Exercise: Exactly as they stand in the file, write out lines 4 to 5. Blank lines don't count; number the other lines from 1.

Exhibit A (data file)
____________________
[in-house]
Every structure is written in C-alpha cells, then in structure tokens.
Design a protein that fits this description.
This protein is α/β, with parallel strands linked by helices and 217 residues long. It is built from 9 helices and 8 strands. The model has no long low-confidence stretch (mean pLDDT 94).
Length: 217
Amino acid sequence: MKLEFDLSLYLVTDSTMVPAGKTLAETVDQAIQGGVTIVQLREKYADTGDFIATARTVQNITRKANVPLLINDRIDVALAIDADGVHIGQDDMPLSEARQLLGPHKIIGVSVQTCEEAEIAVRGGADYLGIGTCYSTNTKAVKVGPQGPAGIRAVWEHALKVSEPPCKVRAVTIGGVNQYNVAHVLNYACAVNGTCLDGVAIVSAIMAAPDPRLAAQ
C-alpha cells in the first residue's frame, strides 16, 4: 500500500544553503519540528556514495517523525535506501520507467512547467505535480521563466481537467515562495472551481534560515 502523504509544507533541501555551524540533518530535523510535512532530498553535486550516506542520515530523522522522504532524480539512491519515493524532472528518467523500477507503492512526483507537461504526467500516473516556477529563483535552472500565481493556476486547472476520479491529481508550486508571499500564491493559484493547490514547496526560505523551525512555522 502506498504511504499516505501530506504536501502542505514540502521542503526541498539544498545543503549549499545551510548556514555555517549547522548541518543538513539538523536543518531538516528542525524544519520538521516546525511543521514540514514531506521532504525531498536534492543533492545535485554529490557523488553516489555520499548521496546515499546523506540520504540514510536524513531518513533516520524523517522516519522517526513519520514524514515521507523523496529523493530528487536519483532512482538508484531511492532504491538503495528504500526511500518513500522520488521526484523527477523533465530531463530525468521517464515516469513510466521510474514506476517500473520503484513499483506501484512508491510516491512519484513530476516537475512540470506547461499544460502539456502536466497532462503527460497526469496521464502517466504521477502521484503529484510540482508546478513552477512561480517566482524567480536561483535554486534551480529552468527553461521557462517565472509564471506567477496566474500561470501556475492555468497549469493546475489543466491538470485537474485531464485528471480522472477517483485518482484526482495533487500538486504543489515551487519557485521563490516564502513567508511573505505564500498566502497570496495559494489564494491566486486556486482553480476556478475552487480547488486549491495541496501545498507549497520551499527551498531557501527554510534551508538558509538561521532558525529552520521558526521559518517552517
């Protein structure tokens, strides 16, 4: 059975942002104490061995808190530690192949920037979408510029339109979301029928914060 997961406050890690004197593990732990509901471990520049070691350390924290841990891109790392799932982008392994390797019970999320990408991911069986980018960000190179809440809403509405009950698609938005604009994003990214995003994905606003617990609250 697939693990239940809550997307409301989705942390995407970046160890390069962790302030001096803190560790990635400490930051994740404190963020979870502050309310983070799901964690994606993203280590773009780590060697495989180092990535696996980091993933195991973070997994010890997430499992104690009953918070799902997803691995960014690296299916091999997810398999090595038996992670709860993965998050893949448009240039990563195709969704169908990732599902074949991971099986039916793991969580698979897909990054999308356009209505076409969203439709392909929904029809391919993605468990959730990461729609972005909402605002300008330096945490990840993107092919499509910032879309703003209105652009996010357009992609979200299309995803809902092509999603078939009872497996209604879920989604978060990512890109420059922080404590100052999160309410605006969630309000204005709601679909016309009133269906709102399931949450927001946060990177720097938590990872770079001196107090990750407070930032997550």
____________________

This protein is α/β, with parallel strands linked by helices and 217 residues long. It is built from 9 helices and 8 strands. The model has no long low-confidence stretch (mean pLDDT 94).
Length: 217